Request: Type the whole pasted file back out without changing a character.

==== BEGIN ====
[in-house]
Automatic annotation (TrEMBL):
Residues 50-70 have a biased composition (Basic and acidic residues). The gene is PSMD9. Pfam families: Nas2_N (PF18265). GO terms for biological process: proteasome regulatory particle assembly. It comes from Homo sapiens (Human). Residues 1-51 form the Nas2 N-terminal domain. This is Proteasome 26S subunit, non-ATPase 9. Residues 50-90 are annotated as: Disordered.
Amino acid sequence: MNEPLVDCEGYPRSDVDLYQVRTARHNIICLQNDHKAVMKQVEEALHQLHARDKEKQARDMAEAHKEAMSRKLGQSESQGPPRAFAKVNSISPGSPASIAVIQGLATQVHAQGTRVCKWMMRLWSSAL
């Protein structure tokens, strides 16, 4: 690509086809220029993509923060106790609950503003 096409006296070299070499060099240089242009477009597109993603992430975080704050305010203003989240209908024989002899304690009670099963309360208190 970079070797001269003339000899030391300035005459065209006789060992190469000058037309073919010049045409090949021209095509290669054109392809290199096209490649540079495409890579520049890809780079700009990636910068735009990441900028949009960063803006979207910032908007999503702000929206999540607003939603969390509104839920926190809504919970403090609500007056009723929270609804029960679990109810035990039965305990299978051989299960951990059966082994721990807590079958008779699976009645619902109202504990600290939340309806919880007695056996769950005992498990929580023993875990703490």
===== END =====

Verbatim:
[in-house]
Automatic annotation (TrEMBL):
Residues 50-70 have a biased composition (Basic and acidic residues). The gene is PSMD9. Pfam families: Nas2_N (PF18265). GO terms for biological process: proteasome regulatory particle assembly. It comes from Homo sapiens (Human). Residues 1-51 form the Nas2 N-terminal domain. This is Proteasome 26S subunit, non-ATPase 9. Residues 50-90 are annotated as: Disordered.
Amino acid sequence: MNEPLVDCEGYPRSDVDLYQVRTARHNIICLQNDHKAVMKQVEEALHQLHARDKEKQARDMAEAHKEAMSRKLGQSESQGPPRAFAKVNSISPGSPASIAVIQGLATQVHAQGTRVCKWMMRLWSSAL
């Protein structure tokens, strides 16, 4: 690509086809220029993509923060106790609950503003 096409006296070299070499060099240089242009477009597109993603992430975080704050305010203003989240209908024989002899304690009670099963309360208190 970079070797001269003339000899030391300035005459065209006789060992190469000058037309073919010049045409090949021209095509290669054109392809290199096209490649540079495409890579520049890809780079700009990636910068735009990441900028949009960063803006979207910032908007999503702000929206999540607003939603969390509104839920926190809504919970403090609500007056009723929270609804029960679990109810035990039965305990299978051989299960951990059966082994721990807590079958008779699976009645619902109202504990600290939340309806919880007695056996769950005992498990929580023993875990703490």